by Dave Nimmer,* Guest Blogger
Bianca Franks was a girl of 10 when she first met the Visitation Sisters. She was helping out at the Cookie Cart and spending Wednesday evenings at the Fremont house with other children. One of those evenings turned into a gardening session and Franks, who says she’s no gardener, recalls Sister Karen (Mohan) gave her a slip from a spider plant.
To Franks’ amazement, the spider slip not only did not die, it flourished. That’s kind of a metaphor for Franks’ life since she came to Minneapolis with her mother, stepfather and three brothers when she was eight years old.
“…the biggest support [that I have received from the Sisters] was that I prayed with them at least once a day. And, over the years, they became my family.”
The 36-year-old single mother has two children, Javon, 13, and Cemya, 18, now a senior at Sage Academy in Brooklyn Park. Javon, who’s autistic, is in 8th grade at River Bend Education Center, an elementary school for children with special needs. Franks says proudly he was just elected his class vice-president.
When he was younger and just diagnosed, Javon had as many as 15 doctor, therapist and clinic appointments a week. Between the appointments and work to support the family, Franks lived a life that was harried, hurried and hectic.
“I really needed the Sisters then (2005),” Franks says. “Occasionally I’d go over for dinner But the biggest support was that I prayed with them at least once a day. They became closely connected to me. And, over the years, they became my family.”
The Sister also became her mentor when they invited her to the Salesian Leaders Cohort in 2010. The group was to turn out community leaders, who could develop skills, techniques and self-confidence to help others in North Minneapolis. As the program continued into its second year, Franks says it was less about strategy and more about spirituality.
“What I learned,” she says, “is that I AM a leader, that I don’t have to achieve success at every turn to help others. I do believe I can help others, especially women and parents of special-need kids. I relate. I understand. And the training taught me how to listen, to actually hear what others are saying.”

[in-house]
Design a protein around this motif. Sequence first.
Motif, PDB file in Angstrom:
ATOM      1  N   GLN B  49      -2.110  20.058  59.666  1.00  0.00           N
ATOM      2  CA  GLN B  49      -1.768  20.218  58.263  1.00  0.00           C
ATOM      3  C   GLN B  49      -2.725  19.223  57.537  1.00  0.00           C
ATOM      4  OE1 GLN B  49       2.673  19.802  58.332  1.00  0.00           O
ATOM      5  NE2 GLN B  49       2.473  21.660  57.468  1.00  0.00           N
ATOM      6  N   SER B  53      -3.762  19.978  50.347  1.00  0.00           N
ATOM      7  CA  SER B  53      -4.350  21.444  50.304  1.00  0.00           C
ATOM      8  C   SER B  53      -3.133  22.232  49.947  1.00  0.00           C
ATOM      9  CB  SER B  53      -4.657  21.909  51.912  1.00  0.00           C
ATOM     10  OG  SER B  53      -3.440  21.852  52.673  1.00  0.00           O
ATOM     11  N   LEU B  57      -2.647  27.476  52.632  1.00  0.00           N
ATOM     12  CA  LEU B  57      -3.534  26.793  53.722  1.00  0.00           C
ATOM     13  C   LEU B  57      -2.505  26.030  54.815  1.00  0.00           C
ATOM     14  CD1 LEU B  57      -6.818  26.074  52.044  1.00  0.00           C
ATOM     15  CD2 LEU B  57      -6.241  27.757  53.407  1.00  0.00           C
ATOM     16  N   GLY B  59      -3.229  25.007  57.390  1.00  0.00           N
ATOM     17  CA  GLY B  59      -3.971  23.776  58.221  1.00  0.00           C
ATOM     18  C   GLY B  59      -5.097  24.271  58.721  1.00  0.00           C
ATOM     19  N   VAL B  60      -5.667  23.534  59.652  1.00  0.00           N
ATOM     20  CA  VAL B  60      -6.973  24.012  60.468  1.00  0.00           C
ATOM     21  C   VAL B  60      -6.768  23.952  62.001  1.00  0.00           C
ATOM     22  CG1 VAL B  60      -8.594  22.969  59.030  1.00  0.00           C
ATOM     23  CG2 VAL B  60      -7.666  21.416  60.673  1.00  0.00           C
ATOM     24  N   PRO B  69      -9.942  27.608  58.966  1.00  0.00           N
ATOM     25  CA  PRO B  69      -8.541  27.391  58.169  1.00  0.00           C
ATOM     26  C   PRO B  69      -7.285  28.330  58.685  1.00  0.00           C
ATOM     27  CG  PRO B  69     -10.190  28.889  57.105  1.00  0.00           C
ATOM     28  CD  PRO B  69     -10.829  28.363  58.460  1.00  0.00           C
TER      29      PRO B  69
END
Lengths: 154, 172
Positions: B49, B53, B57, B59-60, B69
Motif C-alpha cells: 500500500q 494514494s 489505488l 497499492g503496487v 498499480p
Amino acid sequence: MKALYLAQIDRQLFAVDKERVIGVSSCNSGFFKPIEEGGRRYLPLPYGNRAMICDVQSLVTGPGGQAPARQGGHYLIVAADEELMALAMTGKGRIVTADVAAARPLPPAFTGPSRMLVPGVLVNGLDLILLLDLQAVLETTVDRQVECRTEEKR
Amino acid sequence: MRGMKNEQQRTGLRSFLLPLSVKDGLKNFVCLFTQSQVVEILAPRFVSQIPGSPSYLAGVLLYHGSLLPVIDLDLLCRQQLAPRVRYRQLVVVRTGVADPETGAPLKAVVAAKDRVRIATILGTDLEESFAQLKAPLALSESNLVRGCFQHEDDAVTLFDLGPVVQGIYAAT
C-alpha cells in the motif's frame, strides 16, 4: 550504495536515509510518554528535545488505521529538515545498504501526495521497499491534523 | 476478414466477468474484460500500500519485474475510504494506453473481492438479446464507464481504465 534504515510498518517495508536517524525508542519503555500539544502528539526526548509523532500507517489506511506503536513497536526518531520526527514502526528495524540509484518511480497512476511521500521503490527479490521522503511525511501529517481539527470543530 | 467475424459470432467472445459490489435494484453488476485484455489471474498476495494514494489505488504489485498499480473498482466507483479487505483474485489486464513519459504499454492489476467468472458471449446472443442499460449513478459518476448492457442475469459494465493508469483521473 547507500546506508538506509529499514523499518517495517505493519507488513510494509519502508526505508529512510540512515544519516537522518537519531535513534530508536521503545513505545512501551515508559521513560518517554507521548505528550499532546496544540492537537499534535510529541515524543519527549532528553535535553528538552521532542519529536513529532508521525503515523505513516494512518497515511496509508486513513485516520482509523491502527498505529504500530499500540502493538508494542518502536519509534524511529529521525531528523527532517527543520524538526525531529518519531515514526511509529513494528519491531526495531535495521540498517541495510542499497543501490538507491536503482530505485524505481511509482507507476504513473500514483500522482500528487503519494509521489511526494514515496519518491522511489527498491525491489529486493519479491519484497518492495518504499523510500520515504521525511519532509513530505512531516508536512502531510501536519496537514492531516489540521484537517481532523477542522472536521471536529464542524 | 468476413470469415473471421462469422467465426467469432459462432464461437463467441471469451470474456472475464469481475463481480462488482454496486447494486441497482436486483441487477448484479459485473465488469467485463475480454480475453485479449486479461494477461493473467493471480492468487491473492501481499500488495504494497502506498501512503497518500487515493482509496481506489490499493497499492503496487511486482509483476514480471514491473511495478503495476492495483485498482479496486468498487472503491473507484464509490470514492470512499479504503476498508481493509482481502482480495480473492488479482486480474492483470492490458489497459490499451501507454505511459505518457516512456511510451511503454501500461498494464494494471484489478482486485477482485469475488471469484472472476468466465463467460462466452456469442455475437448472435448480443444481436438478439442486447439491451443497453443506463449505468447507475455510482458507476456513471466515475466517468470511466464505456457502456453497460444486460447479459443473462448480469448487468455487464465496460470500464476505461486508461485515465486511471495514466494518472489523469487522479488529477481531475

Sister Karen Mohan says Franks impressed her with the ability to let go of what is not life-giving and to find another path that is. “She has dug deep,” says Mohan, “and surrounded herself with people who can give her a positive message. And she passes that on to others. Most of all, she is determined and she is honest.”
These days, Franks runs a support group for those parents: going to court with them if needed, holding their hands and helping them navigate the numbers and names of programs, agencies and groups that could provide help.
Franks and her teenagers live in a two-bedroom, subsidized apartment in south Minneapolis. She is presently working part-time through a temp agency – doing filing and typing – and would like a full-time job.
“I’m good at this work,” she says. “Recently Sister Mary Frances Reis gave me a list of names and addresses from notes. I typed ’em out in 15 minutes and she was amazed. Yep, I’m quick, I’m thorough and I’m organized.”
Her weekly budget, she says, is tight, although she gets a federal disability payment for Javon. And for her best work – at an overnight retreat at the St. Jane House – her reward involved no money.
“I shared my story, and my struggles, with others,” she says. “And I do know this woman, with whom I spent the most time, walked away feeling better, knowing her situation was not hopeless.”
Franks has a persona that is “out there,” accessible to all around her. She’s an extrovert, comfortable in a group of people and not shy about meeting strangers. Her daughter is more reserved and inclined to be somewhat shy and quiet. Sometimes, Franks has had trouble understanding her daughter’s demeanor. Sister Mary Margaret McKenzie had some helpful advice.
“Mary Margaret told me that Cemya was probably more of an introvert, an observer of what was going on and how people were acting,” Franks says. “She helped me understand those are strengths, truly gifts of those who are thoughtful and helpful. In some ways, my daughter is more like Mary Margaret.”
Bianca Franks has always been open to good counsel and comments from others. She’s lived long enough to know that life can sometimes be a rock n’ roll affair. But she’s got a couple of qualities – quiet confidence and boundless energy – to keep her dancing. She also knows the Visitation Sisters are always around when she needs a partner.
* This is the tenth in a series of profiles by journalist Dave Nimmer featuring Visitation Companions and northside neighbors. We hope you enjoy these stories of our dear friends -- as they reflect the blessed community that surrounds the monastery and sustains us in our ministry of mutuality. LIVE + JESUS!